It's not Divitis
Nate Koechley writes eloquently on the appropriate use of
DIVs. While he doesn't come out and say it, I feel like he’s speaking about those who quickly wish to label something with a heavy use of
DIVs as divitis.
“According to the authoritative W3C spec, DIVs are specifically designed “for adding structure to documents.” Reasonable examples include encapsulating distinct modules (e.g., this is the weather module; this is the module’s footer region) and grouping together modules that live in the same structure (e.g., these modules belong to the secondary group/column). This is the appropriate use of the DIV element.”
This aligns well with how I often approach my markup. When I look at marking up a part of a design, I start with the
DIV to define the container. Within that, I begin to break it down into its constituent parts. Take a look at the code for this page even, and it’ll become quite evident. Each column within the footer, for example, is a
DIV; with each section within being a
DIV as well. From there it goes into the
Some might say, “well, you have a list of panels, it should be a list.” Thing is, the moment you have more than one of anything, you could argue you have a list. And I’d rather simply not trade accusations of divitis to replace them with listitis.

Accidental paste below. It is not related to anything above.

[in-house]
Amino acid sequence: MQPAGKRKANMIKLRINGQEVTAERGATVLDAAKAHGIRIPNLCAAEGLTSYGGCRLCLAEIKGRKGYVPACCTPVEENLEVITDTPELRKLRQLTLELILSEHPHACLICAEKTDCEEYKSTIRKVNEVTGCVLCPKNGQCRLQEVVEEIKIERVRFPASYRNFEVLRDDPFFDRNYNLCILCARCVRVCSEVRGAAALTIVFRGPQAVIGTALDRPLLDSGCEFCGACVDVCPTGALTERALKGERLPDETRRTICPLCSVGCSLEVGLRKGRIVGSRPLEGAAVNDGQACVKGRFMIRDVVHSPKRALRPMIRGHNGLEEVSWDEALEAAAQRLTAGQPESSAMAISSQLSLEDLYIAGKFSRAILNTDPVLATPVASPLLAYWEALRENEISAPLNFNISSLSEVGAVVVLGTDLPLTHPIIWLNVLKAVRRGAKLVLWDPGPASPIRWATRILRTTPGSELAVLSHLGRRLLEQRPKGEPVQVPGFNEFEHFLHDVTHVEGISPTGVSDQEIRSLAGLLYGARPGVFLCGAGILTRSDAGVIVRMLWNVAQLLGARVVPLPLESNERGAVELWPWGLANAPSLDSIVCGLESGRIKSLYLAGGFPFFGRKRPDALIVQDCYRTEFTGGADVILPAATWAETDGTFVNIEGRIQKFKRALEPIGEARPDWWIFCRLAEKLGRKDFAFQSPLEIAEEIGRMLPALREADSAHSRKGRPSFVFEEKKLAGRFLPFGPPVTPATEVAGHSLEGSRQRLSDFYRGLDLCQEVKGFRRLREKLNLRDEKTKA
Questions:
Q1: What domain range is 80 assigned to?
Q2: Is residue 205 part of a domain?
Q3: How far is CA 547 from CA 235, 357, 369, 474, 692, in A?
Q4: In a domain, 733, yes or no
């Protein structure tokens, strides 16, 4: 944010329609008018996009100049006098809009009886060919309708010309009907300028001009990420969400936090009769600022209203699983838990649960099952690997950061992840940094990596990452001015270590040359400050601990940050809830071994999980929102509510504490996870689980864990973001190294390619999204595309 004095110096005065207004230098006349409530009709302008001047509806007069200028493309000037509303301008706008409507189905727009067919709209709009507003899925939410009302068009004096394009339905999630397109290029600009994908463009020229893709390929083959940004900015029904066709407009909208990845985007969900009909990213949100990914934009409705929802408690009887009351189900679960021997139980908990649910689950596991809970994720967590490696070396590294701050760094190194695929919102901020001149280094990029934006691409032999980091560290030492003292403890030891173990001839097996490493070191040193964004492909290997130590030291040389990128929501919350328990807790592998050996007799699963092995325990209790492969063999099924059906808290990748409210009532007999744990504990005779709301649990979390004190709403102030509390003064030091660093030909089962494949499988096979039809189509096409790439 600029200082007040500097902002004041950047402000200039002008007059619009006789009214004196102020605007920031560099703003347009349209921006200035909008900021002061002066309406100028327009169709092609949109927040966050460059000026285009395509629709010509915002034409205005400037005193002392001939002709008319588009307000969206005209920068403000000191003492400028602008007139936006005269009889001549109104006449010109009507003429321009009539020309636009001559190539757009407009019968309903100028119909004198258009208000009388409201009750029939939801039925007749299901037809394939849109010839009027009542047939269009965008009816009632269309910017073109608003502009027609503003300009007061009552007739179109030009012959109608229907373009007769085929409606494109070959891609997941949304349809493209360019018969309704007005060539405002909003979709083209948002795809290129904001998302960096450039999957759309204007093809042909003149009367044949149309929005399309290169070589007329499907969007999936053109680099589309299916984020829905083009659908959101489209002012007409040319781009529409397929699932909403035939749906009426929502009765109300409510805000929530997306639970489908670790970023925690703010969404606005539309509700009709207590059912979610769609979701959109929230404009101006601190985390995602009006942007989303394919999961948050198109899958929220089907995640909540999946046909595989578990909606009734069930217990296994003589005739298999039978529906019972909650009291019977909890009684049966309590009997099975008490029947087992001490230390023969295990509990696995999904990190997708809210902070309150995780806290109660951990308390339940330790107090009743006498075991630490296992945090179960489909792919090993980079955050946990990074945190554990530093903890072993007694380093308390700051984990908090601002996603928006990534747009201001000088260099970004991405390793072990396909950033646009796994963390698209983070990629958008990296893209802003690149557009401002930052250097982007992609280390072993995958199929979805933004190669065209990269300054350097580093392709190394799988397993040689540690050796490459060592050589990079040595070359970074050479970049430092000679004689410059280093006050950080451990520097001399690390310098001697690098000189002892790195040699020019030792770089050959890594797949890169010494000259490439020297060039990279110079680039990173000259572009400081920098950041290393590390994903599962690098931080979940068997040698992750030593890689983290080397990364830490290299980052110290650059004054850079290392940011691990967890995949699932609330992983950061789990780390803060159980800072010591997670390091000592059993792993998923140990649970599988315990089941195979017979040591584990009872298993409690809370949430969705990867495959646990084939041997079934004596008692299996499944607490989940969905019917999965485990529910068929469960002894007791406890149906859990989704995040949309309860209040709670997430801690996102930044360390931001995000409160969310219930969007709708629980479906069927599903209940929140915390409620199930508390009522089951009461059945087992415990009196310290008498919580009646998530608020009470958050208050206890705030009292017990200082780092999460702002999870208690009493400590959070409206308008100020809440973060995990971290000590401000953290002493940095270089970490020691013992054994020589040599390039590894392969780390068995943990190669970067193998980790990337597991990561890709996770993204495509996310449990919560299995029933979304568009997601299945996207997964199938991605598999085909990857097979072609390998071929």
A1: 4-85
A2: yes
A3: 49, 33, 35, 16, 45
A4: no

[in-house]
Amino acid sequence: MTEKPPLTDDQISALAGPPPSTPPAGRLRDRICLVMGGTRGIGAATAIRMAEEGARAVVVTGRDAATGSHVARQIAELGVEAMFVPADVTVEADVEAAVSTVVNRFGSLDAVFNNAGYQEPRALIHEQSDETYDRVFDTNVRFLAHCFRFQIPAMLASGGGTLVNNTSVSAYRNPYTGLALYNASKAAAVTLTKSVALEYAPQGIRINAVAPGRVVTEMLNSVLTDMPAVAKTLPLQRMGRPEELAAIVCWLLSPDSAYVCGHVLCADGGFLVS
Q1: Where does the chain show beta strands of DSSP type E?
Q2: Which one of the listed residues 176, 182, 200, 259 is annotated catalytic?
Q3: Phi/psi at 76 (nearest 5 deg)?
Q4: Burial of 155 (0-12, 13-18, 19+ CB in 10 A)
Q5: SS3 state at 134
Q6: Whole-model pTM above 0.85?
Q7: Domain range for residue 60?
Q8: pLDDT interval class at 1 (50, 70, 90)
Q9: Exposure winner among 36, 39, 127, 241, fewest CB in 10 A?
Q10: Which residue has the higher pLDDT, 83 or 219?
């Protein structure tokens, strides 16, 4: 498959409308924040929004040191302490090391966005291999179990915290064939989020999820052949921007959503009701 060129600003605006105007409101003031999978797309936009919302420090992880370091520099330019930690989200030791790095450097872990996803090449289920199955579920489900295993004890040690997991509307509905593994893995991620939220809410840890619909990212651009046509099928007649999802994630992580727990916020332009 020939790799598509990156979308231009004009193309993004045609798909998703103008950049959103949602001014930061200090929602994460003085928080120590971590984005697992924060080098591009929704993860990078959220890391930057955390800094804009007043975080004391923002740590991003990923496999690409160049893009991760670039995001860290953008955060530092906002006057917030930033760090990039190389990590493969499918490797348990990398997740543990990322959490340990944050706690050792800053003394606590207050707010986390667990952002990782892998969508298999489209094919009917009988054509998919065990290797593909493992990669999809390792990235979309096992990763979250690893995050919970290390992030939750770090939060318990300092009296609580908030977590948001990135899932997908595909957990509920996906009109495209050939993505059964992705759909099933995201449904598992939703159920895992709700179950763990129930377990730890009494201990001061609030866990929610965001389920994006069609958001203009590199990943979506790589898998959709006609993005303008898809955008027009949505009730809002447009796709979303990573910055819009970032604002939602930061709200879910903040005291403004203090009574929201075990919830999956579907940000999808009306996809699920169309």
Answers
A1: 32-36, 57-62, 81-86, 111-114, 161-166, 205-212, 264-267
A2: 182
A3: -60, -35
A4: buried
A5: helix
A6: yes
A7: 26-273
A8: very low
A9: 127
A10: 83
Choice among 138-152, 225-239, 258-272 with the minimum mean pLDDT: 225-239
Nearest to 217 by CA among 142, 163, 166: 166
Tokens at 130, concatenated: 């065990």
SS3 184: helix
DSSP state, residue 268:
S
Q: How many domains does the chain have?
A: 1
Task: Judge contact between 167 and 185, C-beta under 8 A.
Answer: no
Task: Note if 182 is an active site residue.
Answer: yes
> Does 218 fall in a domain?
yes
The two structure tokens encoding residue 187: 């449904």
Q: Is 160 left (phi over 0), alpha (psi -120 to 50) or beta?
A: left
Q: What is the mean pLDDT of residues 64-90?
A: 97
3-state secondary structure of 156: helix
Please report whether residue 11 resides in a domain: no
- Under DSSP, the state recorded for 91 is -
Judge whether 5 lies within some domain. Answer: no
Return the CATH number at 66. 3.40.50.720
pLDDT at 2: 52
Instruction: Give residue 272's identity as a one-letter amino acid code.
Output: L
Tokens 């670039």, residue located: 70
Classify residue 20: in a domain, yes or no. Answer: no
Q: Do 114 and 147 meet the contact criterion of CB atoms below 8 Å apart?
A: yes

DIVs, I have dutifully given them structure.
Furthermore, I don't think anybody has been hurt by the overuse of DIVs. As I recollect Dan Cederholm saying in a presentation, "DIVs are like empty calories". When we try to give things too much structure — either unknowingly through tables or knowingly through lists — we can get in the way of the people we try to help.
(As a small aside, this reminds me of when I was developing sites back in 1999. One of the things we used to do at the agency I worked for was to put "Link to Home" and "Link to About Us" on everything. We thought to ourselves that we were being so helpful to those people who use screenreaders by informing them what was a link. However, we got to put our work in front of people with various disabilities and we were surprised to discover that the person who used the screenreader had the capability to bring up all the links on the page. Unfortunately, everything kept saying "Link to..." which became repetitive and annoying.)
We often make assumptions on what we think might be more appropriate for our users but nothing beats actual user testing.